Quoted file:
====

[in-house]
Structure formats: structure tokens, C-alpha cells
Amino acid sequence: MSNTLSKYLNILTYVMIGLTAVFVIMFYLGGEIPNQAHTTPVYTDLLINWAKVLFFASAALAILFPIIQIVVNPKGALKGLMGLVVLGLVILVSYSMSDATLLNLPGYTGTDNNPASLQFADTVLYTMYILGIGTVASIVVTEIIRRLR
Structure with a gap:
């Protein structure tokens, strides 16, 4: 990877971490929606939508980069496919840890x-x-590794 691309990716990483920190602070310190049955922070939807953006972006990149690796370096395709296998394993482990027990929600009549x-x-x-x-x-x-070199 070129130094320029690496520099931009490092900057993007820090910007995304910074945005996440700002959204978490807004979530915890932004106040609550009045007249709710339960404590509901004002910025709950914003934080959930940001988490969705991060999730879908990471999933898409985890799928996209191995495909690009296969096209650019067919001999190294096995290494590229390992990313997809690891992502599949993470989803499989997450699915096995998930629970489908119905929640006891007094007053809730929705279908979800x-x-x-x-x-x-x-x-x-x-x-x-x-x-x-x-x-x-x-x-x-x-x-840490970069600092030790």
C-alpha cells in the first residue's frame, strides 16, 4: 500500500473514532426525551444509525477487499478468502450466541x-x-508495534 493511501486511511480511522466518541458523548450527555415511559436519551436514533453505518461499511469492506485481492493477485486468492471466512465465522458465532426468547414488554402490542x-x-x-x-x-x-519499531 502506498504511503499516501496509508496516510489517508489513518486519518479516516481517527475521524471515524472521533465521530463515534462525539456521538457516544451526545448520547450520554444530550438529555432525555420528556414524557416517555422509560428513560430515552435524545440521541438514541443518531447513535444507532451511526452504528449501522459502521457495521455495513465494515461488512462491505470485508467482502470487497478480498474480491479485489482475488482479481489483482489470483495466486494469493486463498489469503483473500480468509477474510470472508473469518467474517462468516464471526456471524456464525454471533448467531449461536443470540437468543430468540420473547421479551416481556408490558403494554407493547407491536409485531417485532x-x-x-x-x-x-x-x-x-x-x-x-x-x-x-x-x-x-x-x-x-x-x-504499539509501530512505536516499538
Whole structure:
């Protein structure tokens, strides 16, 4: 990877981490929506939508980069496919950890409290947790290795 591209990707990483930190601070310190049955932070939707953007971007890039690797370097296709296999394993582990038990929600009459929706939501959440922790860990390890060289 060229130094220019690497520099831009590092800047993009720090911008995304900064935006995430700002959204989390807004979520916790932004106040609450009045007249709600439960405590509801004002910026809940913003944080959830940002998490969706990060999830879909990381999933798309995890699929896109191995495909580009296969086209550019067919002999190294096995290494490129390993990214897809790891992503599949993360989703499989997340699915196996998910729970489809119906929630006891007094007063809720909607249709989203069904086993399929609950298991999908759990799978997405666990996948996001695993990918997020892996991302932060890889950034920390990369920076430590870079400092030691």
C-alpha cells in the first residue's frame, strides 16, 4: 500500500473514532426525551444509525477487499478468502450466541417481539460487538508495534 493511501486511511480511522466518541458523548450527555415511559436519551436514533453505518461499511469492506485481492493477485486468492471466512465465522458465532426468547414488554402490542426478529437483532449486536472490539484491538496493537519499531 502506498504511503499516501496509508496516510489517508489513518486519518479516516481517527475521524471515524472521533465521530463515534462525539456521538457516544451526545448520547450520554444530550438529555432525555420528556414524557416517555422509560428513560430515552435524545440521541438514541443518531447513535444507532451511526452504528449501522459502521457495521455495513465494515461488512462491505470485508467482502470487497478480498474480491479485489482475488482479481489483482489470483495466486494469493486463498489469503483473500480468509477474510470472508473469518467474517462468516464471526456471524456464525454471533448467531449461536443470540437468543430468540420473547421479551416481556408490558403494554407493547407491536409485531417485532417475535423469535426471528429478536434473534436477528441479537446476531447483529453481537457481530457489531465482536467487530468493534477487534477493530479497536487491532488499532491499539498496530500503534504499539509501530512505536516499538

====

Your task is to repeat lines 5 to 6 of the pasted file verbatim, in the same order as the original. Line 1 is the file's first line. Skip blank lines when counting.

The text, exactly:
């Protein structure tokens, strides 16, 4: 990877971490929606939508980069496919840890x-x-590794 691309990716990483920190602070310190049955922070939807953006972006990149690796370096395709296998394993482990027990929600009549x-x-x-x-x-x-070199 070129130094320029690496520099931009490092900057993007820090910007995304910074945005996440700002959204978490807004979530915890932004106040609550009045007249709710339960404590509901004002910025709950914003934080959930940001988490969705991060999730879908990471999933898409985890799928996209191995495909690009296969096209650019067919001999190294096995290494590229390992990313997809690891992502599949993470989803499989997450699915096995998930629970489908119905929640006891007094007053809730929705279908979800x-x-x-x-x-x-x-x-x-x-x-x-x-x-x-x-x-x-x-x-x-x-x-840490970069600092030790």
C-alpha cells in the first residue's frame, strides 16, 4: 500500500473514532426525551444509525477487499478468502450466541x-x-508495534 493511501486511511480511522466518541458523548450527555415511559436519551436514533453505518461499511469492506485481492493477485486468492471466512465465522458465532426468547414488554402490542x-x-x-x-x-x-519499531 502506498504511503499516501496509508496516510489517508489513518486519518479516516481517527475521524471515524472521533465521530463515534462525539456521538457516544451526545448520547450520554444530550438529555432525555420528556414524557416517555422509560428513560430515552435524545440521541438514541443518531447513535444507532451511526452504528449501522459502521457495521455495513465494515461488512462491505470485508467482502470487497478480498474480491479485489482475488482479481489483482489470483495466486494469493486463498489469503483473500480468509477474510470472508473469518467474517462468516464471526456471524456464525454471533448467531449461536443470540437468543430468540420473547421479551416481556408490558403494554407493547407491536409485531417485532x-x-x-x-x-x-x-x-x-x-x-x-x-x-x-x-x-x-x-x-x-x-x-504499539509501530512505536516499538